The quantity of food is sufficient for the number of larvae specified in the set. If you wish to maintain additional larvae, you should purchase additional food. In the wild, adult painted lady butterflies feed on nectar produced by flowering host plants. They need the sugar in the nectar to power their flight muscles. They do not require other food. In lieu of a sugar-water solution, you can also offer sports drink as a feeding solution. Painted ladies will also feed on slices of fresh fruit, such as oranges.
Students often enjoy watching the butterflies extend their proboscis to collect nectar from the fruit slices. Do not put an open container of liquid food in your butterfly habitat. A simple feeder can be constructed using a shallow dish containing some cotton balls or crumpled paper towels. Pour the feeding solution over the cotton balls or paper towels.
This gives the butterflies a place to land so they will not fall into the feeding solution and drown. Keep feeding solutions refrigerated when not in use. Replace feeding solution and the cotton balls or paper towels every other day. With proper nutrition, adult butterflies generally live for 1 to 2 weeks, sometimes as long as 3 weeks. Keep the hatching cups out of direct sunlight, which can cause overheating and kill the eggs.
Keep at room temperature. Larvae will hatch in 3 to 5 days.
10 Fascinating Facts About Painted Lady Butterflies
Newly emerged larvae are fragile. We recommend waiting to transfer them into new containers until they are 5 to 6 days old. Keep the cups out of direct sunlight, which can cause overheating and kill the larvae. The cups should not be shaken or disturbed if possible. Larvae will mature in 5 to 10 days.
To pupate, larvae will climb to the top of the cup and attach themselves to the tissue paper cover.
They will undergo their final molt and form a chrysalis. We recommend that the teacher or other adult prepare the cups before they are distributed to students. Wash your hands well and dry them before beginning. Use a clean plastic spoon to transfer 1 level tsp of food into each 1-oz cup. Lightly press the food to the bottom to create a good seal.
If you overfill the cups, you will run out of food, or there will not be enough space for the larvae to pupate. Use a small brush to transfer 1 larvae to each cup. If you have extra larvae that you would like to keep, cups can accommodate a maximum of 2 larvae if prepared under the conditions described above. Place a piece of tissue paper over the mouth of the cup and snap on the lid. Trim the excess paper. Larvae mature in 5 to 10 days.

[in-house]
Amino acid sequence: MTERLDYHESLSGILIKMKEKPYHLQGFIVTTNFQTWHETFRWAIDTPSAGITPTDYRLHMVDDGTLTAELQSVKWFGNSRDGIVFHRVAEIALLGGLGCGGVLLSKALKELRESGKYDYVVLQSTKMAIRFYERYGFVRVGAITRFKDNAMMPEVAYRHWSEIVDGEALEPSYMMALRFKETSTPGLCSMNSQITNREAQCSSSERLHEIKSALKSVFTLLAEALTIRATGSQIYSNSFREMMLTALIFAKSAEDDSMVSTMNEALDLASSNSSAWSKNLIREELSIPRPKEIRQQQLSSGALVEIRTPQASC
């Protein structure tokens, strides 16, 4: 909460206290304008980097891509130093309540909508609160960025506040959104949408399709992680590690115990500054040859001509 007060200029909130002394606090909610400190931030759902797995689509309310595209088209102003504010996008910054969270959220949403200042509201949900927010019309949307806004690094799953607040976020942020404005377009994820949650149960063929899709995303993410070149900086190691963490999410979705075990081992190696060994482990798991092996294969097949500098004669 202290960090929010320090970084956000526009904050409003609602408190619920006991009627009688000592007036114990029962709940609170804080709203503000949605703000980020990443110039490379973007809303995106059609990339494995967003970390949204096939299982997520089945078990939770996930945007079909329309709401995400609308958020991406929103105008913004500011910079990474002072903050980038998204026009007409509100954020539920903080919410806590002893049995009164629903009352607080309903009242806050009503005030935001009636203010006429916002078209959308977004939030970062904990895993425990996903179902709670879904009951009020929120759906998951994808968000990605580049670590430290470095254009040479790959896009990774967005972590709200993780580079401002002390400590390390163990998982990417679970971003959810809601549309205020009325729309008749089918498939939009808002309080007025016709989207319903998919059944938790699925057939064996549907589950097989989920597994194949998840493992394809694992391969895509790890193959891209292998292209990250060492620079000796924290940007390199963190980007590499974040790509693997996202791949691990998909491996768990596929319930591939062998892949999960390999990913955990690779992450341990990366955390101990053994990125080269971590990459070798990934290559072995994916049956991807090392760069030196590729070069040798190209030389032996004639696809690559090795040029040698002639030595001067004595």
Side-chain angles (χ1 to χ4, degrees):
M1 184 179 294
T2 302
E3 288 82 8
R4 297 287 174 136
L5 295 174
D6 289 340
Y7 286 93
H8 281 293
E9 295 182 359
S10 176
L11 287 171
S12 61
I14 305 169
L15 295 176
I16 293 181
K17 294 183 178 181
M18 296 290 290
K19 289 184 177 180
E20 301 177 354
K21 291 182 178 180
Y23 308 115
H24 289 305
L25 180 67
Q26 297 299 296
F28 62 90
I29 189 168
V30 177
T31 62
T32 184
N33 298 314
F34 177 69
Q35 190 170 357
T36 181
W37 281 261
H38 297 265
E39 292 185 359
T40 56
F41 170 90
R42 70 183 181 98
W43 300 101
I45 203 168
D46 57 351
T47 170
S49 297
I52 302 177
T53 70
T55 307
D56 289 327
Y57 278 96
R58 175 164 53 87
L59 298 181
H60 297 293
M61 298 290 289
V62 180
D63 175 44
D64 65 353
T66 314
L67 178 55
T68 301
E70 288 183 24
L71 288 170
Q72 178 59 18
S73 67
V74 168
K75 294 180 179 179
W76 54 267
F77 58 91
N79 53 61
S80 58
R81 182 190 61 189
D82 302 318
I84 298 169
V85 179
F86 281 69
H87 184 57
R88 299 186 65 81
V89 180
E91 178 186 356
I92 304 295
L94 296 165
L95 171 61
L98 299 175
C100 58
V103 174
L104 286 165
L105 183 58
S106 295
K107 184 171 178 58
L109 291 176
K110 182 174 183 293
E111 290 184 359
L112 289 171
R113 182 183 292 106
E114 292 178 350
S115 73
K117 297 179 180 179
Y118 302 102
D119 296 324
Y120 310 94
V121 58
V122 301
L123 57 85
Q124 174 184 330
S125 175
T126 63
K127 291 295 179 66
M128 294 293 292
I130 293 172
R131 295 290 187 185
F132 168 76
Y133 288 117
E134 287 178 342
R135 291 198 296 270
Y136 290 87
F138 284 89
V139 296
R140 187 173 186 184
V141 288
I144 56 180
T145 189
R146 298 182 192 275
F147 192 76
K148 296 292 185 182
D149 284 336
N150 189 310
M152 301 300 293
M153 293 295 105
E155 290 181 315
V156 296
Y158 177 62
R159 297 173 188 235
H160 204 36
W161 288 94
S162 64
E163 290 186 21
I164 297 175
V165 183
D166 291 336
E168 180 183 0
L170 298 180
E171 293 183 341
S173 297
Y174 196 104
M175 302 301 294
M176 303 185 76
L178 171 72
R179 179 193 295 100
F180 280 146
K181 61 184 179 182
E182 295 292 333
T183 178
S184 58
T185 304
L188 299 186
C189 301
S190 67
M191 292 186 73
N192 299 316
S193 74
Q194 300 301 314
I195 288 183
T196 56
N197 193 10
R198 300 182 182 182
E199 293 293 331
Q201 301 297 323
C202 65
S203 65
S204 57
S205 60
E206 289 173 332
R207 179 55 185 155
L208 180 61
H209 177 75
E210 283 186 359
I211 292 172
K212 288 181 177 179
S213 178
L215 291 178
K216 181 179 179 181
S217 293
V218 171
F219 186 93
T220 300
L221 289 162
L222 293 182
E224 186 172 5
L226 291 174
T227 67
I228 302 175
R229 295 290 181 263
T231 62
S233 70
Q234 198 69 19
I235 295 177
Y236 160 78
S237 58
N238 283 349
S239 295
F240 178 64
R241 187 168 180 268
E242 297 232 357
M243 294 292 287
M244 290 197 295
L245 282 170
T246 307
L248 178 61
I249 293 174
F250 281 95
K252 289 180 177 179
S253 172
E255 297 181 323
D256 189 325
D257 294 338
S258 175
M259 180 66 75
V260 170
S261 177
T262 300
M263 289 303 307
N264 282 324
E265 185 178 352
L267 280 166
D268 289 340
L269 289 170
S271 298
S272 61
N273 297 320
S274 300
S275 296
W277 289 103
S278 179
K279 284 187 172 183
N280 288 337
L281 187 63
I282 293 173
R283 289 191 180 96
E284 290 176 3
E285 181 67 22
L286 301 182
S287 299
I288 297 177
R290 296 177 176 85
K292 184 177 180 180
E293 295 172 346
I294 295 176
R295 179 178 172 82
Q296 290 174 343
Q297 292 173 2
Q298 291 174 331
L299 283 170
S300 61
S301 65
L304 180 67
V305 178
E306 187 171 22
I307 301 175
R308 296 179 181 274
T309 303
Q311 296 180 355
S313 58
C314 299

Keep the chrysalides out of direct sunlight, which can cause overheating and kill the organisms. The chrysalides should not be shaken or disturbed. Adult butterflies should emerge in 7 to 10 days.
Your female butterflies may lay eggs 5 to 7 days after emerging. Look for pinhead-sized, mint-green dots. If you place a potted plant in the cage, the females will deposit most of their eggs onto the leaves. Fertile eggs hatch in 3 to 5 days. Painted lady eggs can be collected with a soft brush. We do not advocate the release of organisms into the environment.
Please contact your local state Department of Agriculture for any restrictions on release of organisms. As a last resort, place unwanted organisms in a sealable container and freeze for 48 hours.
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Dispose of the organisms in the regular solid waste. Wash your hands with soap and water before and after handling living organisms.
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Probably not. Caterpillars often rest for hours at a time, especially just before molting. To see if a caterpillar is alive, open the cup and gently touch the caterpillar with the tip of a soft brush. This should cause the caterpillar to move, if only slightly. It is best not to open the cup until you are ready to move the chrysalides into the flight cage.
Harmful salts and oils from your hands can transfer to the caterpillars during handling.
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Opening the cup can also allow bacteria or mold to enter, which could spoil the food. There are several possibilities; the most common is low temperature at night and over the weekend. Also, the caterpillars may be preparing to molt. The caterpillars have a bacterial infection that will kill them. Contact Carolina Customer Service Discard all infected caterpillars. Also discard equipment that had contact with them or treat the equipment with a bleach solution 1 part bleach in 9 parts water and rinse well before reusing.
The caterpillars are so hungry that they are eating away the paper at the top of the cup. The caterpillars chew the paper to move beyond the cup because they are responding to an instinctive urge to disperse before molting into a chrysalis. Few caterpillars engage in this interesting behavior pattern. If it becomes a problem, clean and dry your hands, then remove the old paper and replace it with a fresh piece of tissue paper.
Avoid papers that contain perfumes or lotions.
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You will not have to replace the paper again; the caterpillars are too close to molting to eat through another piece. There should be some tiny holes punched in it. If not, punch 3 to 5 holes in it with a push pin. The caterpillars do not need much air. In fact, too much air causes their food to become dry and inedible. My butterflies just emerged and there is red liquid all over.
Painted lady show points to a glorious late summer
Is it blood? Are my butterflies OK? Your butterflies are fine. The red liquid is not blood. It is meconium—liquid waste mixed with extra pigment left over from wing formation.